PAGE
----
We live in a high-tech world, and many churches have adopted technology into the life of the church.
For those churches who aren’t using screens to project events and announcements, paper bulletins are often still used in worship services.
Church offices are running more efficiently, graphic designers are creating high-quality marketing pieces, websites are becoming more streamlined, and our meeting spaces are becoming equipped with technological equipment, which makes worship seemingly more adaptable to life as we know it.
It is difficult to argue with the technological benefits we are afforded in our present day and age, but how does it all fit within our church community, when churches worship so differently?
Communicating quickly has become a necessity.
Most of us are walking around with a handheld computer, that at any moment can provide an email, text, website, or make a phone call, without needing to be physically connected to anything. There is no arguing the conveniences we are able to take advantage of, thanks to technology.
As we transition from living our day-to-day lives, to entering a church building and taking part in worship, the variety of what a particular church offers, technology wise, differs depending on many things: available funds to purchase equipment, church leadership views, available space – to name a few.
Some churches have adapted quickly to adding screens to help with their worship services, by displaying events, orders of worship, sermon notes, and song lyrics. Others aren’t quite there yet, and still use paper bulletins, pulpit announcements and hymnals during worship.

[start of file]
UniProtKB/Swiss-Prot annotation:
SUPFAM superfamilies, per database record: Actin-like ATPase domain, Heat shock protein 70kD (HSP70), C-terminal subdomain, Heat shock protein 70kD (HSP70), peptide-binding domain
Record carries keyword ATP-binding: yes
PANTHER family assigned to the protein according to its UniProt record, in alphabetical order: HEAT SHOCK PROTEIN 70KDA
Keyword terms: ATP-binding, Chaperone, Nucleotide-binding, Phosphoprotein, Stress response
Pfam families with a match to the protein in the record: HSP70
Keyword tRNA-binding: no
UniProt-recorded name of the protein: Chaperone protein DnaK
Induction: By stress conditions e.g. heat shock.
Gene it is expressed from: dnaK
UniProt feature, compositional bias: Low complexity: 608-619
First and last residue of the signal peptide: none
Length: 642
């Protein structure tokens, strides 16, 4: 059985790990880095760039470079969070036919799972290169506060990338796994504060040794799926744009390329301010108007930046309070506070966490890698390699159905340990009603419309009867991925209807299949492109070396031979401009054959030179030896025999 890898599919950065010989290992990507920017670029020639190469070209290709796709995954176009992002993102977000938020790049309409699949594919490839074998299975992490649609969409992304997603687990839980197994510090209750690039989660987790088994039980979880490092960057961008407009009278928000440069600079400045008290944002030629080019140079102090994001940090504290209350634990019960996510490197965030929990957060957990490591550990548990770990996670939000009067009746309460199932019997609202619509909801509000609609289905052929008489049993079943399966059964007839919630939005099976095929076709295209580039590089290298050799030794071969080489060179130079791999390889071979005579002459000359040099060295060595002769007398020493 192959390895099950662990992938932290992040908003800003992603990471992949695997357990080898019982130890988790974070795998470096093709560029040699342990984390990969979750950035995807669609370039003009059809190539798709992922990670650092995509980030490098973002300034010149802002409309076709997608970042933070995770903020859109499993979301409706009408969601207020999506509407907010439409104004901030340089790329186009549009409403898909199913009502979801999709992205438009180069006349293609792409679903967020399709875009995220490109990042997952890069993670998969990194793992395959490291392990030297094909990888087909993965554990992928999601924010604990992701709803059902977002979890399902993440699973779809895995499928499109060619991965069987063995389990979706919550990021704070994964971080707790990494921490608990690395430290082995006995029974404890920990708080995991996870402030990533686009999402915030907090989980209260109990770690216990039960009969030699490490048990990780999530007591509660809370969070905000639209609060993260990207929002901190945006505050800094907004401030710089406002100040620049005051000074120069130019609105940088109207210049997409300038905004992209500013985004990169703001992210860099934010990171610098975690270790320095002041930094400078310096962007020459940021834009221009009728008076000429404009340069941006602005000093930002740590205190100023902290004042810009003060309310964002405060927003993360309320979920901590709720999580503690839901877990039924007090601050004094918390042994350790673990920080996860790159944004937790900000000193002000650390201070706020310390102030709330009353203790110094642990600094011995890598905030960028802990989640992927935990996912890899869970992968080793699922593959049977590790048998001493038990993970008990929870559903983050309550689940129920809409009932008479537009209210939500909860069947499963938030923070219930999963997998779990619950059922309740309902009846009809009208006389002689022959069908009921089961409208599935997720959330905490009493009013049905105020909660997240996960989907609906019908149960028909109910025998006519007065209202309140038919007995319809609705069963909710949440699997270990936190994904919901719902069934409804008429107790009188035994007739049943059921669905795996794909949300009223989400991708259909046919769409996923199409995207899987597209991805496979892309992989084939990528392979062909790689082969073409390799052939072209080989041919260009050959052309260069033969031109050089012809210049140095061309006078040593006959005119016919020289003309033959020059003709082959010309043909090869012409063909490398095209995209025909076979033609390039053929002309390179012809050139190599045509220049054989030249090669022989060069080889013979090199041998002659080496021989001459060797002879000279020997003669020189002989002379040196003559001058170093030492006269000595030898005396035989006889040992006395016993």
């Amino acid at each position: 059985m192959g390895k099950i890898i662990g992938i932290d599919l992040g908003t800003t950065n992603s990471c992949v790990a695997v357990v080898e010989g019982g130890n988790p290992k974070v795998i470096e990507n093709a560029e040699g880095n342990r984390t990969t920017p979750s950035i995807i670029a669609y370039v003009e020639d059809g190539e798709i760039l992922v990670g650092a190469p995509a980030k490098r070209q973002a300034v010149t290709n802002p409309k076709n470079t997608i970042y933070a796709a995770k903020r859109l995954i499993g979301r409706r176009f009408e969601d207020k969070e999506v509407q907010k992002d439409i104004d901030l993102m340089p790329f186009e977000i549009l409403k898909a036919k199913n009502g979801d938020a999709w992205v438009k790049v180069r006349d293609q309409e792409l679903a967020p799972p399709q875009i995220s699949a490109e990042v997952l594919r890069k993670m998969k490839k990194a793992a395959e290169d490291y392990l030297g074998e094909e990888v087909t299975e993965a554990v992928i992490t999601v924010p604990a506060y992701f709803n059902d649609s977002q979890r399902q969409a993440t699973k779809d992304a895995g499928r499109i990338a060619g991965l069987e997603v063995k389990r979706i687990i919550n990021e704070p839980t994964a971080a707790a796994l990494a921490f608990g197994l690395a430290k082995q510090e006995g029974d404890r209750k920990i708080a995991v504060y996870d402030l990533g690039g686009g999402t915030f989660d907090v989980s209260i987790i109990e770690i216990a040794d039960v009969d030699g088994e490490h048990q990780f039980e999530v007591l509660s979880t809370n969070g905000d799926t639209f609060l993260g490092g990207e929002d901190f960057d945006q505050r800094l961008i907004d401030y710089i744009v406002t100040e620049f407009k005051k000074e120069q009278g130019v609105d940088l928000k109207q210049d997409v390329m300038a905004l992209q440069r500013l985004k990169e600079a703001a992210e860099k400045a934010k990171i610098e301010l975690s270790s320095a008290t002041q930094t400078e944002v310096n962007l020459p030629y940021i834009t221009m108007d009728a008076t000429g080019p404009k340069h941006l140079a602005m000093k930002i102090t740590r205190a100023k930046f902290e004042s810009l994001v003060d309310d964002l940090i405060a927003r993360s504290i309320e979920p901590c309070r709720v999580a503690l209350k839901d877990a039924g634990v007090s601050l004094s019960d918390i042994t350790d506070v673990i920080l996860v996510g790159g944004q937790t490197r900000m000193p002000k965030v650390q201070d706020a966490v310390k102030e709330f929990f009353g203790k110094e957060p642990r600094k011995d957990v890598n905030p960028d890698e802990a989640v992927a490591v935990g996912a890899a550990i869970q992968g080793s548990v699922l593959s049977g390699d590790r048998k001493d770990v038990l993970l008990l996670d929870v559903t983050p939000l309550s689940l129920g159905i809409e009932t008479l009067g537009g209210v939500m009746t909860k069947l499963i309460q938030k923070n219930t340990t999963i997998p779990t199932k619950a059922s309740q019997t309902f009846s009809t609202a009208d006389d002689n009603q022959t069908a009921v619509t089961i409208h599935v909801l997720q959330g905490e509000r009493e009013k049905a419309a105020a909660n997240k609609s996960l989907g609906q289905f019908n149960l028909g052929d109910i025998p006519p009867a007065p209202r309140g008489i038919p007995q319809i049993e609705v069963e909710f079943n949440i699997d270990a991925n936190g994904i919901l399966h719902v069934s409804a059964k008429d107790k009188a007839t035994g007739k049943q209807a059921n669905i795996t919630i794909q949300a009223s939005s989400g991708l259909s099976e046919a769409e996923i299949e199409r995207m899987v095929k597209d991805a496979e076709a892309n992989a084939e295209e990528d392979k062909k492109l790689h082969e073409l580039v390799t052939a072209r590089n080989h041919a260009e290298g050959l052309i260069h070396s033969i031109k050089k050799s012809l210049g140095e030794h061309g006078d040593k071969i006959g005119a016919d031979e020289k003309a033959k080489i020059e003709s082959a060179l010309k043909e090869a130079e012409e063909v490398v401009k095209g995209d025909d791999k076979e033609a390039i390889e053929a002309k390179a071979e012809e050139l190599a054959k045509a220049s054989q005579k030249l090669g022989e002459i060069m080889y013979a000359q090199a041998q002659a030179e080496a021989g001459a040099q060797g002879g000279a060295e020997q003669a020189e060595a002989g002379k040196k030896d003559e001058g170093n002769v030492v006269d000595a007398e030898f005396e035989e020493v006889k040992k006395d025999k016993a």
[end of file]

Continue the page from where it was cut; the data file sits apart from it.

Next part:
And yet, others might not feel they will ever bring such technological items into a worship service.
For those churches who aren’t using screens to project events and announcements, paper bulletins are often still used in worship services. It might not seem to match where we are as a society, but if your church isn’t at a place where they can get rid of bulletins, without providing another means of communicating necessary information, then bulletins must remain.
The content and use of a bulletin can vary. A church might only use a bulletin to advertise upcoming events, while another might depend on it to lead a congregation with a printed order of worship, including responsive readings and song lyrics. These are pieces and parts of a service that require some form of knowledge, for a church member to take part in worship.
It’s difficult to put a church bulletin into a cookie cutter, because they are all different and they can provide for a variety of different congregational needs. If your church still uses paper bulletins, then have faith!
You are not alone.
By giving clear printed directions, simplifying your messaging, and being consistent with style and design, your bulletin can be an integral, useable, and beneficial addition to worship.
Worship is about coming together with like-minded believers, to a place where glorifying God takes precedence.
Whether your church uses screens or paper bulletins to forward the work of the church, the main goal should be to bring those together who want to live, grow, and serve in a way that glorifies God.